class Counter() {
   variable Natural count := 0;
   shared Natural currentCount {
      return count;
Counter c = new Counter();

In Ceylon there is no separate constructor. The class definition itself acts as a constructor as shown below. Since, there is no concept of method or operator overloading in Ceylon there is no necessity to have a separate method and this syntax induces a “Why didn’t I think of this before ?” moment… The necessity for an overloaded method is handled by optional /defaulted parameters concept. So, you don’t have to worry too much about it…

class Customer (String cName, Natural cAge, Date cDob) {
   variable String name :=  cName;

With the support of named parameters and higher-order functions and quite a bit of thought, a syntactic structure as expressive as given below has been achieved in a general purpose and statically typed language like Ceylon.

Html hello {
   Head head { title = "Squares"; }
   Body body {
      Div {
         cssClass = "greeting";
         "Hello" name "!";

And then there is the rest of the now so common features like array like access to Sequences (equivalent of List in Java), higher-order functions, Closures, Currying, etc

It is not like I loved every single feature of Ceylon. I hated a few, but I am reserving that rant for another post…

Twitter moves from Rails to Java April 11th, 2011

A colorful feather up Rails’ cap is on the ground now. Twitter has decided to go away from RoR in favor of Java, this time for their entire search stack. Earlier in 2008-09, they decided to move their message queue back-end from ruby to Scala (a Java Platform) and now it is the time for their front-end to move to Java as well.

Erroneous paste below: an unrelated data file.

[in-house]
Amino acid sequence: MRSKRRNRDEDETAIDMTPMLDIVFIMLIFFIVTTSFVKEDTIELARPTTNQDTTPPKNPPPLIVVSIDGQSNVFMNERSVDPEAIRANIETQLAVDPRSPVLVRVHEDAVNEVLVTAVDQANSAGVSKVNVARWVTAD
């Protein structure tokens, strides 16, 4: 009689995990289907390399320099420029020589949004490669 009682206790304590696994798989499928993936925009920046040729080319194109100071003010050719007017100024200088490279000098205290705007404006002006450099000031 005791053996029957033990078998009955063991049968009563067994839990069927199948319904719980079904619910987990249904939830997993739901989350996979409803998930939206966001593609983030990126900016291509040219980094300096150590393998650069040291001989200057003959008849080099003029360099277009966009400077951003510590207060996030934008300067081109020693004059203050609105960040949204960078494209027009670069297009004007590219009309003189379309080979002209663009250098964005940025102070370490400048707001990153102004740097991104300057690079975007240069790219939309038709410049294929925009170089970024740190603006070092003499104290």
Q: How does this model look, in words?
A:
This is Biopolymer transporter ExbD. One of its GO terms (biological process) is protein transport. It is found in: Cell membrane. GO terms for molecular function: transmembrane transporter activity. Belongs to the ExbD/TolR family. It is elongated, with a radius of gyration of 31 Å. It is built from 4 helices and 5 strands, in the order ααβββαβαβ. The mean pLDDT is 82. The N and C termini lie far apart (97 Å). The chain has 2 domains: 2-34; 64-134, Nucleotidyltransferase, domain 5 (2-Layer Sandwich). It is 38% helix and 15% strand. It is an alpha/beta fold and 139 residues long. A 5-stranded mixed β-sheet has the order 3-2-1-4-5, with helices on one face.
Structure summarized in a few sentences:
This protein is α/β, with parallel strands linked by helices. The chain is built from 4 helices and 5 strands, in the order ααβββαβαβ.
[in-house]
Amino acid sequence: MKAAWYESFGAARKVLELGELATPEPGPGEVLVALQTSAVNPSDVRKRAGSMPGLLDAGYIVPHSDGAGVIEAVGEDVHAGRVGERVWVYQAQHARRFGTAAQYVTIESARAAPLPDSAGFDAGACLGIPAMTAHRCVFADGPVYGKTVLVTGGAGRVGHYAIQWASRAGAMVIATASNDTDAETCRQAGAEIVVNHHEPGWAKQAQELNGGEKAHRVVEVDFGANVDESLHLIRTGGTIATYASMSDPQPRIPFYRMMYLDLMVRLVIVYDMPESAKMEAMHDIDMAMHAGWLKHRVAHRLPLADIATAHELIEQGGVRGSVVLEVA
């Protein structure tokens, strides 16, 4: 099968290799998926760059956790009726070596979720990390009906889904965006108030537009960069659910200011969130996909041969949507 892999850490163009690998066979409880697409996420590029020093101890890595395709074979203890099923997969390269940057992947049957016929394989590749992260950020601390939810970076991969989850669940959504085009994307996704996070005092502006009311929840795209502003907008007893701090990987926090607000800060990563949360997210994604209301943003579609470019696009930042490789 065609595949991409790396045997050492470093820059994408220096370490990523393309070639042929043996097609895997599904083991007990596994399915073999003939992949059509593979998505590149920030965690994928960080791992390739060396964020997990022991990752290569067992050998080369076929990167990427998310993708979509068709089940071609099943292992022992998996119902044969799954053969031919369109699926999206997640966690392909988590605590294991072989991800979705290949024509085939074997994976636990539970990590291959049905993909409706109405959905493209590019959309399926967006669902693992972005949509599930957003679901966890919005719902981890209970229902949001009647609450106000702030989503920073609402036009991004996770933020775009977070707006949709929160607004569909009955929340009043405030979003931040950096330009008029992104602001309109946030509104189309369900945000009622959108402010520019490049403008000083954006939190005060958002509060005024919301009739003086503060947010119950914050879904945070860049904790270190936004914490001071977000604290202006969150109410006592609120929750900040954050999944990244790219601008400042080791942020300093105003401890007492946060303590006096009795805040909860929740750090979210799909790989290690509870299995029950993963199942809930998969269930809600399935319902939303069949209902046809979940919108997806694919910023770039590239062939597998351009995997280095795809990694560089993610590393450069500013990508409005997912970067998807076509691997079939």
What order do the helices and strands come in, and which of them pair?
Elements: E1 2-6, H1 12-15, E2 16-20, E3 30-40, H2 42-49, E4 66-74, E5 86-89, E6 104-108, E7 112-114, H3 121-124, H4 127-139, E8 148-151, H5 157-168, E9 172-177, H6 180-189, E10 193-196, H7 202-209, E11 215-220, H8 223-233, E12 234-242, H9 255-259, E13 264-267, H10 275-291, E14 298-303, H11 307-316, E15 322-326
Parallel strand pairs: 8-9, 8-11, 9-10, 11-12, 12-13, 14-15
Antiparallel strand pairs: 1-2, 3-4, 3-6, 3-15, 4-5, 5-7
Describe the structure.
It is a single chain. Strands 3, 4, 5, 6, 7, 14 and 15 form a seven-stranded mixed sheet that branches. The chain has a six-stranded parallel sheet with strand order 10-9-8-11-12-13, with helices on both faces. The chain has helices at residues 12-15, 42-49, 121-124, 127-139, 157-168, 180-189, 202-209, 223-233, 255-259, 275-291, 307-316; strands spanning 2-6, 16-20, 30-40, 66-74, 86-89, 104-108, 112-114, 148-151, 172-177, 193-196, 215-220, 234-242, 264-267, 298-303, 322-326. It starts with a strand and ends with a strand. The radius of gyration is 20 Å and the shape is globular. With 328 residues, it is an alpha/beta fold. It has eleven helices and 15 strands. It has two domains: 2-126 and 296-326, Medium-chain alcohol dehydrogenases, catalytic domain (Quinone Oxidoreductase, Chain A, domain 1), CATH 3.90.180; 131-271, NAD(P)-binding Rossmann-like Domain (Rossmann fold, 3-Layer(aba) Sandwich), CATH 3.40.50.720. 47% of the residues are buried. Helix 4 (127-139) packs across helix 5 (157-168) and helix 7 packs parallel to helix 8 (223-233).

They have built a scalable platform called Blender that uses Java NIO based server (Netty) to be efficient in the face of heavy incoming traffic, replaced MySQL with a Java based Lucene search engine, created an engine that parallelizes execution of multiple backend services with dependency management and more. With this setup there is a 3X drop in search latencies and can scale to 10X more requests per machine.

Wow, that is quite an achievement. Could this mean that Java is a better platform than Rails for high scalability needs? Even if that is the case, for simpler scenarios, the beauty of RoR out-weighs Java’s performance.

They say that this change will enable them to rapidly iterate on search features in the coming months. That along with the news that Twitter has hired 25 more employees kinda tells that Java’s code base is practically more maintainable than equivalent Ruby code – at least when the code base is huge and the team size is large. Or that could mean that this time they really put a lot of thought into designing a maintainable system than when they started out. But for smaller team size and code base, RoR is still an unbeaten champion.

Android: List View alternating between 1px and 2px dividers March 30th, 2011

Have you faced a problem with Android ListView where the dividers alternate between 1 pixel and 2 pixel thickness although you have specifically styled it to 1px? I am sure many have, but for some reason they seem to ignore it. I say this because I noticed this problem in quite a few apps in the market. When I found the same problem in one of my apps, I decided to fix it although it was not at the top of my priority list.